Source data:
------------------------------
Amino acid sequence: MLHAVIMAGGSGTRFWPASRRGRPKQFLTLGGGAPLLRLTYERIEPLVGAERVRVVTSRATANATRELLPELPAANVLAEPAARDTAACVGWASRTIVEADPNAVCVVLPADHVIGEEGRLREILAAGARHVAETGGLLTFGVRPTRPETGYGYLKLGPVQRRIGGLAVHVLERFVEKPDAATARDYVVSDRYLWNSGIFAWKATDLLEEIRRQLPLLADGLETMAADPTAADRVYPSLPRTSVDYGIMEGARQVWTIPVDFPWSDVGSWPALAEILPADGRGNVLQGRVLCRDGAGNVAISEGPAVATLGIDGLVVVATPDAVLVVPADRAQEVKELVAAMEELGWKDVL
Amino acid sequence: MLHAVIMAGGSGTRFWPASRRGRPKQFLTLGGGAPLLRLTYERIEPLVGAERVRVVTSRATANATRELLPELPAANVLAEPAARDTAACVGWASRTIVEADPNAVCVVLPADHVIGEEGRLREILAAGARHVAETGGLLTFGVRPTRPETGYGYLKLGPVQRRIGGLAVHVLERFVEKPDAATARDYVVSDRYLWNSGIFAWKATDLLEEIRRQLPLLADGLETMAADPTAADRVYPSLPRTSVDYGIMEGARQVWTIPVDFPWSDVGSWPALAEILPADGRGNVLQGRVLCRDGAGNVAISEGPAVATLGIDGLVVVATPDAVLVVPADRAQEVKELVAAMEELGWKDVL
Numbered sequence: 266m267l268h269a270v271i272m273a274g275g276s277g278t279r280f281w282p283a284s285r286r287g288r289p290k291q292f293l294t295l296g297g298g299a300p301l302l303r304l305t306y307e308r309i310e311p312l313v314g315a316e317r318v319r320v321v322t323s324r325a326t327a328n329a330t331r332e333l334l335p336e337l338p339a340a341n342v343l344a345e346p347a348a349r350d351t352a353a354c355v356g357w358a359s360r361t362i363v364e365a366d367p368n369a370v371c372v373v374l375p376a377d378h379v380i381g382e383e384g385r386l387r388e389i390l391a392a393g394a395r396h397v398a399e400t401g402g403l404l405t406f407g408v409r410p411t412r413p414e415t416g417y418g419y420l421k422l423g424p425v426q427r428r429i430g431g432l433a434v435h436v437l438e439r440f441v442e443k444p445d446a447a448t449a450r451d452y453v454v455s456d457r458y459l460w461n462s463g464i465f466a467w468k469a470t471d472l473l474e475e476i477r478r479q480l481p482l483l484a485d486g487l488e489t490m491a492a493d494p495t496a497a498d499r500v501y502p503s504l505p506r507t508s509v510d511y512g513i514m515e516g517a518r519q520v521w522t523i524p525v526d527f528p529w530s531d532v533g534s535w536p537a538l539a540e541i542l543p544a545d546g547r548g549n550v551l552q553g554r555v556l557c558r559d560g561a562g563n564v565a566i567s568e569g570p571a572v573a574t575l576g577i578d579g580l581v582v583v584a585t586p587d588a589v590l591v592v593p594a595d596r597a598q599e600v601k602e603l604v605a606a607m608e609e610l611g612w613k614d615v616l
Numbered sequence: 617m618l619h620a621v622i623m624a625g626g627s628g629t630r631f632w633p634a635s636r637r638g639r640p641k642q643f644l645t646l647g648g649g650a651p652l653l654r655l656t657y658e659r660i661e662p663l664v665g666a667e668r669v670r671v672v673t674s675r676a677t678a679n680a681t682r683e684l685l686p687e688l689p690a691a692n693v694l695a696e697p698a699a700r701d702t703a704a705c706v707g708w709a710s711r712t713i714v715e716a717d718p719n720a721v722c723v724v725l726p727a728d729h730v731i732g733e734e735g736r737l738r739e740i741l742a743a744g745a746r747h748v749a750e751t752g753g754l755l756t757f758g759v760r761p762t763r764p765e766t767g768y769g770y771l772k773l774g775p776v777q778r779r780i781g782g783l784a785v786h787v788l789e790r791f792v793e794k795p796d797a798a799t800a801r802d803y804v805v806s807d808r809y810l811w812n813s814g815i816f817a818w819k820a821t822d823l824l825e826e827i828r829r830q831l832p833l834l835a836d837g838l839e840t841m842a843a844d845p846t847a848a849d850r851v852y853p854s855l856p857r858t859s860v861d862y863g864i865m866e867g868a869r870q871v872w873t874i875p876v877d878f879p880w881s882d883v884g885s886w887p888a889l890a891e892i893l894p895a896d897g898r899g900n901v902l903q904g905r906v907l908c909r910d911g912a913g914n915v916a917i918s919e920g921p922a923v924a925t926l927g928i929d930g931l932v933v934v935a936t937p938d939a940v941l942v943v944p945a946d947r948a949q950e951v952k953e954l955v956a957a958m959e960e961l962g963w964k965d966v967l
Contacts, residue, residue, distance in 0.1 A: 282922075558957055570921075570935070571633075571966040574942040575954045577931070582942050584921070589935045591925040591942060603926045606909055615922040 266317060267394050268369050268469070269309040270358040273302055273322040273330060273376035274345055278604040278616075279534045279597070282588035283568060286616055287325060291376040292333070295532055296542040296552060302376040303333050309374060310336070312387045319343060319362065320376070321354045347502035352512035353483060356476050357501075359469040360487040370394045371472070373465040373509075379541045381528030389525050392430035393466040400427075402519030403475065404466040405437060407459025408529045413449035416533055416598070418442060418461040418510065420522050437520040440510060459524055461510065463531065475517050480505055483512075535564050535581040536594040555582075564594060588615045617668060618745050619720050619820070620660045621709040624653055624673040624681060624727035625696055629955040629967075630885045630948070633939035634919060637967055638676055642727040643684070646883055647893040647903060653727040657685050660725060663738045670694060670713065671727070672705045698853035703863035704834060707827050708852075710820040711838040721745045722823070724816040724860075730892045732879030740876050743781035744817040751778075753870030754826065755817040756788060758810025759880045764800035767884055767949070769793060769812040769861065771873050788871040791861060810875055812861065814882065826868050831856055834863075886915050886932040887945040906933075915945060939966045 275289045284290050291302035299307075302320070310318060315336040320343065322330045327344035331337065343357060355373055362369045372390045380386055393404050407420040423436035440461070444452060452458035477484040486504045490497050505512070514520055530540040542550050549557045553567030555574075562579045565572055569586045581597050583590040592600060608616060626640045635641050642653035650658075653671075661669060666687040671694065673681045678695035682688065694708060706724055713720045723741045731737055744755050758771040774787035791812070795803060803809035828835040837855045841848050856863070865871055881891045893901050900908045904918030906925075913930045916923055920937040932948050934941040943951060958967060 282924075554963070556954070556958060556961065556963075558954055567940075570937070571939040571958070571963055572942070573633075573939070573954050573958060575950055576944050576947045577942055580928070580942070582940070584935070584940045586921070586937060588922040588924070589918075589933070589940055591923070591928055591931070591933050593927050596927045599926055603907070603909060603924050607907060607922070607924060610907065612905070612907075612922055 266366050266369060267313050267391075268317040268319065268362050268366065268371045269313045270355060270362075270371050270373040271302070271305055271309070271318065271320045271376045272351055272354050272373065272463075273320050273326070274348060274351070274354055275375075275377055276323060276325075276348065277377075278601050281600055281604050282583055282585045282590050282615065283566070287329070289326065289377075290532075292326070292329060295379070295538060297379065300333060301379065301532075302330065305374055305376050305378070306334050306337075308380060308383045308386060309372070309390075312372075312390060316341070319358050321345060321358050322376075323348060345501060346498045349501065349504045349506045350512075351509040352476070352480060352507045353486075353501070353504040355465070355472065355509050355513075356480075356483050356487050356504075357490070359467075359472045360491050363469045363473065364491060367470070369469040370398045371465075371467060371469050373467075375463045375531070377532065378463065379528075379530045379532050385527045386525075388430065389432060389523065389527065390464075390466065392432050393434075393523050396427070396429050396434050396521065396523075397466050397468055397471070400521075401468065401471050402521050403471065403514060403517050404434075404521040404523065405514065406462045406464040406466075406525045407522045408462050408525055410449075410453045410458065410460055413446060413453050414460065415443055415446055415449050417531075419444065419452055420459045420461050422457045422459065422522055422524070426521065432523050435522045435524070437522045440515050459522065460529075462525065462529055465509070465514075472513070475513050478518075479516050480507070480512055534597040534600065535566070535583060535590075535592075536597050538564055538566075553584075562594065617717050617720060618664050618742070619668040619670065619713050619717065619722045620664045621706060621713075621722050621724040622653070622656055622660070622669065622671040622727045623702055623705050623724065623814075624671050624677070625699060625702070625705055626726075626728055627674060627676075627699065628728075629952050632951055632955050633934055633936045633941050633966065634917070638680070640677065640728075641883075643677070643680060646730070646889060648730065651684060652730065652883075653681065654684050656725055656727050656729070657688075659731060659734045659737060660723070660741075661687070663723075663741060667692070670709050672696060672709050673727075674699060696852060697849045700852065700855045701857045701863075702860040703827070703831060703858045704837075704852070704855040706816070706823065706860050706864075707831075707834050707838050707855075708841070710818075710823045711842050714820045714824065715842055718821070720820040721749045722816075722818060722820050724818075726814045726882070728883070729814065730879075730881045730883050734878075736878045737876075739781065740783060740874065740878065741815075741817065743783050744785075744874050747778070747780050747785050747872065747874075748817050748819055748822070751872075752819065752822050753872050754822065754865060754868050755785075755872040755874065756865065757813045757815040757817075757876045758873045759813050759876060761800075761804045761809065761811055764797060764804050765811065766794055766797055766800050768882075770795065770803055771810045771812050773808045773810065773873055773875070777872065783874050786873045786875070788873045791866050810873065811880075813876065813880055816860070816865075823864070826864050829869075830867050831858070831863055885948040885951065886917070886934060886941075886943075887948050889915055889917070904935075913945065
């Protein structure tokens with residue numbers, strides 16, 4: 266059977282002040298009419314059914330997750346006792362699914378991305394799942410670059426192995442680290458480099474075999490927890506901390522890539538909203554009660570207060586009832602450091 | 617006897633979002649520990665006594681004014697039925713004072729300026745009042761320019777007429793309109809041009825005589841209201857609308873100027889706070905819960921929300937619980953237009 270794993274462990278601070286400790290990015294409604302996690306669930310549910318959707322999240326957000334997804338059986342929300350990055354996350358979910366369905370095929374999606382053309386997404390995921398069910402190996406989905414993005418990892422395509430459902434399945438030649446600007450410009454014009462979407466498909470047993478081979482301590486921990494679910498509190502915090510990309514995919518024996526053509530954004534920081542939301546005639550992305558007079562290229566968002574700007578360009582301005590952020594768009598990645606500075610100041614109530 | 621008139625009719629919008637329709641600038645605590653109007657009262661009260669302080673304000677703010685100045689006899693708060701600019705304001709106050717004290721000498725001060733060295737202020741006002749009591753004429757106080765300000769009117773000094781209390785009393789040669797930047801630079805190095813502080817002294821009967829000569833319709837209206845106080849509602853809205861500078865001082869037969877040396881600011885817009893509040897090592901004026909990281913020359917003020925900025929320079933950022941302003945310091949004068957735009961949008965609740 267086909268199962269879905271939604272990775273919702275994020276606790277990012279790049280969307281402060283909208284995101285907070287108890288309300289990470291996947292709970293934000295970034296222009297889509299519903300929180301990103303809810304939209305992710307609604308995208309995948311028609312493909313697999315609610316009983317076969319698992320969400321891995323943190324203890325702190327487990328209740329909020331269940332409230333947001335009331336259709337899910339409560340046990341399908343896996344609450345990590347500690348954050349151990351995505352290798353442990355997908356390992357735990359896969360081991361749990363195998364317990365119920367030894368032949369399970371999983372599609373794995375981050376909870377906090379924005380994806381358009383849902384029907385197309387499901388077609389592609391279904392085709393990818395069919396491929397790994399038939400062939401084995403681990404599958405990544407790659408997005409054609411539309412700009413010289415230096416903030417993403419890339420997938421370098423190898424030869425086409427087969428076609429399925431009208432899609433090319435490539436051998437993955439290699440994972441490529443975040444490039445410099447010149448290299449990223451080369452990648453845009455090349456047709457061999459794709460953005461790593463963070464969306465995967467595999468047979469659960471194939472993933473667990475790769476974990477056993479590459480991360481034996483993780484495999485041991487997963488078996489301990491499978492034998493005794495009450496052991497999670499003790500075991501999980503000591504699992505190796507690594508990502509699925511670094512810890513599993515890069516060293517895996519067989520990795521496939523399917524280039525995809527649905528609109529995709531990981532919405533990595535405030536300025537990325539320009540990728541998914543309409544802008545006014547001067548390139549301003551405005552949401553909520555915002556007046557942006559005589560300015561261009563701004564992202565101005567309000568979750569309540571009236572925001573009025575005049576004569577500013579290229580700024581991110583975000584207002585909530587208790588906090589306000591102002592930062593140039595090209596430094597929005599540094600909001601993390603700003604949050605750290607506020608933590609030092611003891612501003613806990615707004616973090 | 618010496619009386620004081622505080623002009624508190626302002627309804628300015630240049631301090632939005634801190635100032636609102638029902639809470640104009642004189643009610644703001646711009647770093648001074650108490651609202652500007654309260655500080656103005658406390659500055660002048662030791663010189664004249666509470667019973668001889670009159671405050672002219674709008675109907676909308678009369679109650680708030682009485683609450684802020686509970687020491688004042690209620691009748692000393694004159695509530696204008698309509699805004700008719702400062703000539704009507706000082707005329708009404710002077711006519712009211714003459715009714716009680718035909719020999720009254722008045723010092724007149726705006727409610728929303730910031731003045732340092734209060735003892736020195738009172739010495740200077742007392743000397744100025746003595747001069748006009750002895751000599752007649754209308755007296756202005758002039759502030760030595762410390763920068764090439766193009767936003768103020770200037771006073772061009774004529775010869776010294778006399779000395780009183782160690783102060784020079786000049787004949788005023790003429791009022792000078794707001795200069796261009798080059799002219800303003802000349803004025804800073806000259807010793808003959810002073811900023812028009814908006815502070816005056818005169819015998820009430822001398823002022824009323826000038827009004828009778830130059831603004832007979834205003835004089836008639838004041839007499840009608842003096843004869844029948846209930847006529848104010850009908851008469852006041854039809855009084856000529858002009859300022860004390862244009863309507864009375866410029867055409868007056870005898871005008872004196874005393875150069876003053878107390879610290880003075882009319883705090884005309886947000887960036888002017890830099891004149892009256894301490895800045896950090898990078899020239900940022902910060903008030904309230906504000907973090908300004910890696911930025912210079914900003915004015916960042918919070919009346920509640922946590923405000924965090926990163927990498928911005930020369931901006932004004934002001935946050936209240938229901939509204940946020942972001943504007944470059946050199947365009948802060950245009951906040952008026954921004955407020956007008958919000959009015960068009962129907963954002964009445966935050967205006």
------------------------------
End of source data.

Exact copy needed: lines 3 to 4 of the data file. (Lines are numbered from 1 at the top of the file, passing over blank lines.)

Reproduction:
Numbered sequence: 266m267l268h269a270v271i272m273a274g275g276s277g278t279r280f281w282p283a284s285r286r287g288r289p290k291q292f293l294t295l296g297g298g299a300p301l302l303r304l305t306y307e308r309i310e311p312l313v314g315a316e317r318v319r320v321v322t323s324r325a326t327a328n329a330t331r332e333l334l335p336e337l338p339a340a341n342v343l344a345e346p347a348a349r350d351t352a353a354c355v356g357w358a359s360r361t362i363v364e365a366d367p368n369a370v371c372v373v374l375p376a377d378h379v380i381g382e383e384g385r386l387r388e389i390l391a392a393g394a395r396h397v398a399e400t401g402g403l404l405t406f407g408v409r410p411t412r413p414e415t416g417y418g419y420l421k422l423g424p425v426q427r428r429i430g431g432l433a434v435h436v437l438e439r440f441v442e443k444p445d446a447a448t449a450r451d452y453v454v455s456d457r458y459l460w461n462s463g464i465f466a467w468k469a470t471d472l473l474e475e476i477r478r479q480l481p482l483l484a485d486g487l488e489t490m491a492a493d494p495t496a497a498d499r500v501y502p503s504l505p506r507t508s509v510d511y512g513i514m515e516g517a518r519q520v521w522t523i524p525v526d527f528p529w530s531d532v533g534s535w536p537a538l539a540e541i542l543p544a545d546g547r548g549n550v551l552q553g554r555v556l557c558r559d560g561a562g563n564v565a566i567s568e569g570p571a572v573a574t575l576g577i578d579g580l581v582v583v584a585t586p587d588a589v590l591v592v593p594a595d596r597a598q599e600v601k602e603l604v605a606a607m608e609e610l611g612w613k614d615v616l
Numbered sequence: 617m618l619h620a621v622i623m624a625g626g627s628g629t630r631f632w633p634a635s636r637r638g639r640p641k642q643f644l645t646l647g648g649g650a651p652l653l654r655l656t657y658e659r660i661e662p663l664v665g666a667e668r669v670r671v672v673t674s675r676a677t678a679n680a681t682r683e684l685l686p687e688l689p690a691a692n693v694l695a696e697p698a699a700r701d702t703a704a705c706v707g708w709a710s711r712t713i714v715e716a717d718p719n720a721v722c723v724v725l726p727a728d729h730v731i732g733e734e735g736r737l738r739e740i741l742a743a744g745a746r747h748v749a750e751t752g753g754l755l756t757f758g759v760r761p762t763r764p765e766t767g768y769g770y771l772k773l774g775p776v777q778r779r780i781g782g783l784a785v786h787v788l789e790r791f792v793e794k795p796d797a798a799t800a801r802d803y804v805v806s807d808r809y810l811w812n813s814g815i816f817a818w819k820a821t822d823l824l825e826e827i828r829r830q831l832p833l834l835a836d837g838l839e840t841m842a843a844d845p846t847a848a849d850r851v852y853p854s855l856p857r858t859s860v861d862y863g864i865m866e867g868a869r870q871v872w873t874i875p876v877d878f879p880w881s882d883v884g885s886w887p888a889l890a891e892i893l894p895a896d897g898r899g900n901v902l903q904g905r906v907l908c909r910d911g912a913g914n915v916a917i918s919e920g921p922a923v924a925t926l927g928i929d930g931l932v933v934v935a936t937p938d939a940v941l942v943v944p945a946d947r948a949q950e951v952k953e954l955v956a957a958m959e960e961l962g963w964k965d966v967l